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Kidney Mass-- Frustrations and Questions

RussellD
Posts: 2
Joined: Oct 2019

Hi everyone,

I'm a 57-year old male and new to this board. My doctor found a small mass (2cm) in my right kidney about six months ago by accident (no symptoms) that is suspected to be Renal Carcinoma.  I was set to have an ablation done a couple of weeks after that discovery, but my insurance (Blue Cross Blue Shield of Indiana) nixed it--- saying an ablation is an unnecessary surgery since I have one good kidney and I'm healthy enough to have a partial neprectomy.

We have tried to appeal with no luck, so now I'm scheduled to have a partial nephrectomy right after Thanksgiving.  My doctor didn't seem too concerned about waiting since he said these type of tumors are usually very slow growing, but almost always cancerous.  He does think that at my age I should definitely have it taken out-- he said if I was older than maybe it would be best to just observe..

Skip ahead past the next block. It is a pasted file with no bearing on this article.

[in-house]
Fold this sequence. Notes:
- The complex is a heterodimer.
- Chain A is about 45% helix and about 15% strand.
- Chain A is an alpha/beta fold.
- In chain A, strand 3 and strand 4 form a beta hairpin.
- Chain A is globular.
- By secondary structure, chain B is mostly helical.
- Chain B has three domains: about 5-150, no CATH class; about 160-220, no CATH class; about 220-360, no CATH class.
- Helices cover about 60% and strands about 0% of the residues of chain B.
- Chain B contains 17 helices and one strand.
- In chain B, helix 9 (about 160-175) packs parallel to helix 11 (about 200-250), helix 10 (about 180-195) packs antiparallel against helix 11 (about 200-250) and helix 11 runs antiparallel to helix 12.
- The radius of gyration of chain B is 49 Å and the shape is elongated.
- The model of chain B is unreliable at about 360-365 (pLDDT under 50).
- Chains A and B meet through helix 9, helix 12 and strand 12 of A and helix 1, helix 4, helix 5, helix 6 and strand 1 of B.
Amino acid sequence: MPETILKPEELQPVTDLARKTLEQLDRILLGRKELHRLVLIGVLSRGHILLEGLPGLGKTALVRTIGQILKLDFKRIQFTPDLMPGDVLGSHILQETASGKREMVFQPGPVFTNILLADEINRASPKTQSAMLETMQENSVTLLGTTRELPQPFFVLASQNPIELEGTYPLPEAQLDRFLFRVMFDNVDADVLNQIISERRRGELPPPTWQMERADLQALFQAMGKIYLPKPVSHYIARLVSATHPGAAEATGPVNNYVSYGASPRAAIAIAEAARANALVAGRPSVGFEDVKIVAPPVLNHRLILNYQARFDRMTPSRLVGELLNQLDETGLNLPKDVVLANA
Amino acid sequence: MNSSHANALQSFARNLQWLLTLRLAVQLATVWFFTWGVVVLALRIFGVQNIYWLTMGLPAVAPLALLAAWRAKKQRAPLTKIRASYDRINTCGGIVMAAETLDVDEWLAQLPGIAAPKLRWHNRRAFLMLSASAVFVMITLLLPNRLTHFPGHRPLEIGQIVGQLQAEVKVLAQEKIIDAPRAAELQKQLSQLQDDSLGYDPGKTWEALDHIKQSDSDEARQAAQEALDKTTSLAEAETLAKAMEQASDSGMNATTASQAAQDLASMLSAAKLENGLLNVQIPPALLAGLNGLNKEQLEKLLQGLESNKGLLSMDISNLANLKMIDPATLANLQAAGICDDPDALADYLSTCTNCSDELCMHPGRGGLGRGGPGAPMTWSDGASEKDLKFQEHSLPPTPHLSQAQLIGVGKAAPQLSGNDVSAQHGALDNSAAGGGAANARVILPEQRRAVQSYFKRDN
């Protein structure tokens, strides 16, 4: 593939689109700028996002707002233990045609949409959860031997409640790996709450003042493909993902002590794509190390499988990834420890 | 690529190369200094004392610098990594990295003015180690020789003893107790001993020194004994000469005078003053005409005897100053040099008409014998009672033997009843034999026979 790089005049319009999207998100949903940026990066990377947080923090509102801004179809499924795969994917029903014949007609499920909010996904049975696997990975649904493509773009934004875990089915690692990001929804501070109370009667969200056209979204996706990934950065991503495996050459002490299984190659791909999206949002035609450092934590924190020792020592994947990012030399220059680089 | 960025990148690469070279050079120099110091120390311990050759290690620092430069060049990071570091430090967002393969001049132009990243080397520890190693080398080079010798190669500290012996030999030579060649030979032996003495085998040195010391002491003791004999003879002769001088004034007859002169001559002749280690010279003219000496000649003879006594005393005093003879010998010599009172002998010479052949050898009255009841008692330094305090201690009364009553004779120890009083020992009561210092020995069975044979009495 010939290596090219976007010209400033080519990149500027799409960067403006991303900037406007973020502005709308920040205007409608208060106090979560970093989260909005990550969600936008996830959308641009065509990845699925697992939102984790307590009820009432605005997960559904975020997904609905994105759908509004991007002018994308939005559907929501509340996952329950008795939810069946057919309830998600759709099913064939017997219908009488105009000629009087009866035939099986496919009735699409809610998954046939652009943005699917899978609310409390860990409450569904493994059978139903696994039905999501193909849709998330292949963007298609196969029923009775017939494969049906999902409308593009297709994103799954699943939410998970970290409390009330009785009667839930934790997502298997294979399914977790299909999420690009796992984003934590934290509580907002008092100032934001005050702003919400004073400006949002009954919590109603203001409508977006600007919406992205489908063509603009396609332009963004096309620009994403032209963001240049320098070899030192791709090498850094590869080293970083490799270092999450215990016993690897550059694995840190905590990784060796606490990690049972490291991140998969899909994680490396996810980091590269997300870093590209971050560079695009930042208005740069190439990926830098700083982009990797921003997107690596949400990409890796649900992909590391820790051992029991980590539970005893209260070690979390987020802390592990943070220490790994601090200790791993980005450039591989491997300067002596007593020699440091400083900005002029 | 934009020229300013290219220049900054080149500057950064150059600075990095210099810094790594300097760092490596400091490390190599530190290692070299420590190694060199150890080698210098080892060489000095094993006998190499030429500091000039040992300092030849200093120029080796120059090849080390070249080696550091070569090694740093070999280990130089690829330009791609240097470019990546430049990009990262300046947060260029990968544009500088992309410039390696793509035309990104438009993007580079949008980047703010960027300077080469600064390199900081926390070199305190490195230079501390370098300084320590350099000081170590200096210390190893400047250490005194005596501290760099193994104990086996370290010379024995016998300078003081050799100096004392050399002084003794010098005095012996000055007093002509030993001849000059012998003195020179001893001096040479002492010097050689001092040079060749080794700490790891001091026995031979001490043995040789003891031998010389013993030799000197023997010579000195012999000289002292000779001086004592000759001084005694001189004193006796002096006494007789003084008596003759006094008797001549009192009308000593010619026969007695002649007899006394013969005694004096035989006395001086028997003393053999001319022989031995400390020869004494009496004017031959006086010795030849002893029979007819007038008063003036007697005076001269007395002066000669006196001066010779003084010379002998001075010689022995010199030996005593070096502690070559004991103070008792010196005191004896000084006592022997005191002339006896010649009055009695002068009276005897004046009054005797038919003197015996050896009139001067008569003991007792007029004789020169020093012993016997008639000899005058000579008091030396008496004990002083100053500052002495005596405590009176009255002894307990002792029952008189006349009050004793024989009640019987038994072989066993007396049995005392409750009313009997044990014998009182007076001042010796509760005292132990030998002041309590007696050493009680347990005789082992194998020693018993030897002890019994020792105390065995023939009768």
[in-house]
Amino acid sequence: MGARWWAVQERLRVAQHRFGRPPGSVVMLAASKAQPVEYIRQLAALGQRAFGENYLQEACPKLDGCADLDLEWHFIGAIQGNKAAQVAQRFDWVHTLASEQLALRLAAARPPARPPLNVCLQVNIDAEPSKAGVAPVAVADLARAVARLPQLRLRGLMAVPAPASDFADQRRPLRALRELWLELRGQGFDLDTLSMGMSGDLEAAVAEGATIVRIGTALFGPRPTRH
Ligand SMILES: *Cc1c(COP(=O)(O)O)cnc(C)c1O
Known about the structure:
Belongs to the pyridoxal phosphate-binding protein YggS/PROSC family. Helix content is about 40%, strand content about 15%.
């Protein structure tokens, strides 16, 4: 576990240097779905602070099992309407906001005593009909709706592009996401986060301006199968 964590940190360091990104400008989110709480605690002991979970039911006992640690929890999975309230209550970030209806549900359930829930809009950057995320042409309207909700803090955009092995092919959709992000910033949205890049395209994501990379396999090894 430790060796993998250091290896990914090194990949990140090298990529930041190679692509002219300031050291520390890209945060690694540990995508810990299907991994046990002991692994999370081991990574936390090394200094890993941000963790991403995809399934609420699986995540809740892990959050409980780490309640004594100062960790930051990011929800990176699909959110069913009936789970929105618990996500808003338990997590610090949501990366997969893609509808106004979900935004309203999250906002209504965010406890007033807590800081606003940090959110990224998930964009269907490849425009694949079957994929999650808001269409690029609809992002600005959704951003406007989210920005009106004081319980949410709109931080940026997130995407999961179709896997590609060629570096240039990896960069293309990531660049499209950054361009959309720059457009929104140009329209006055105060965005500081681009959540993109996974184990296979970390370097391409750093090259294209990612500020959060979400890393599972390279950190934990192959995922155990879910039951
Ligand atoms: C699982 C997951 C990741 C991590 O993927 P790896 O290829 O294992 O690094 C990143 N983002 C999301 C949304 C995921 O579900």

I wanted to have the ablation because it is an outpatient surgery and would allow me to go back to work in days-- not weeks-- and seems like it would be a lot less trouble to go through.  My doctor says I'll have to plan on at least two weeks off and 2-4 days in the hospital following the surgery.  While I'm relieved they discovered this, I'm nervous about having the partial nephrectomy surgery and still don't understand why this would be considerd a better option than the ablation-- plus it's going to cost the insurance a lot more for my hospital stay.

I was also surprised when the doc told me that I would need to plan on taking two weeks off of work-- I have a desk job that is not physically demanding.